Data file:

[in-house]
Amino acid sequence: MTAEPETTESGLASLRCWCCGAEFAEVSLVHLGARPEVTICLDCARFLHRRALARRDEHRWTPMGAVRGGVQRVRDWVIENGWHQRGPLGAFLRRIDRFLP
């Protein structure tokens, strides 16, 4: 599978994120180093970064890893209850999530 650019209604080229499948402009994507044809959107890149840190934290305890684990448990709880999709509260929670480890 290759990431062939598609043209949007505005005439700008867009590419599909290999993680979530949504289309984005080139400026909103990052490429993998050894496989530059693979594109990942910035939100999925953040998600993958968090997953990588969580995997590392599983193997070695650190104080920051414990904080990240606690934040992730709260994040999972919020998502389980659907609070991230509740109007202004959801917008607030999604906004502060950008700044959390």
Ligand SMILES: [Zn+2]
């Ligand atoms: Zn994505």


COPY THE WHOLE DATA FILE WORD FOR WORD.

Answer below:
[in-house]
Amino acid sequence: MTAEPETTESGLASLRCWCCGAEFAEVSLVHLGARPEVTICLDCARFLHRRALARRDEHRWTPMGAVRGGVQRVRDWVIENGWHQRGPLGAFLRRIDRFLP
């Protein structure tokens, strides 16, 4: 599978994120180093970064890893209850999530 650019209604080229499948402009994507044809959107890149840190934290305890684990448990709880999709509260929670480890 290759990431062939598609043209949007505005005439700008867009590419599909290999993680979530949504289309984005080139400026909103990052490429993998050894496989530059693979594109990942910035939100999925953040998600993958968090997953990588969580995997590392599983193997070695650190104080920051414990904080990240606690934040992730709260994040999972919020998502389980659907609070991230509740109007202004959801917008607030999604906004502060950008700044959390």
Ligand SMILES: [Zn+2]
């Ligand atoms: Zn994505």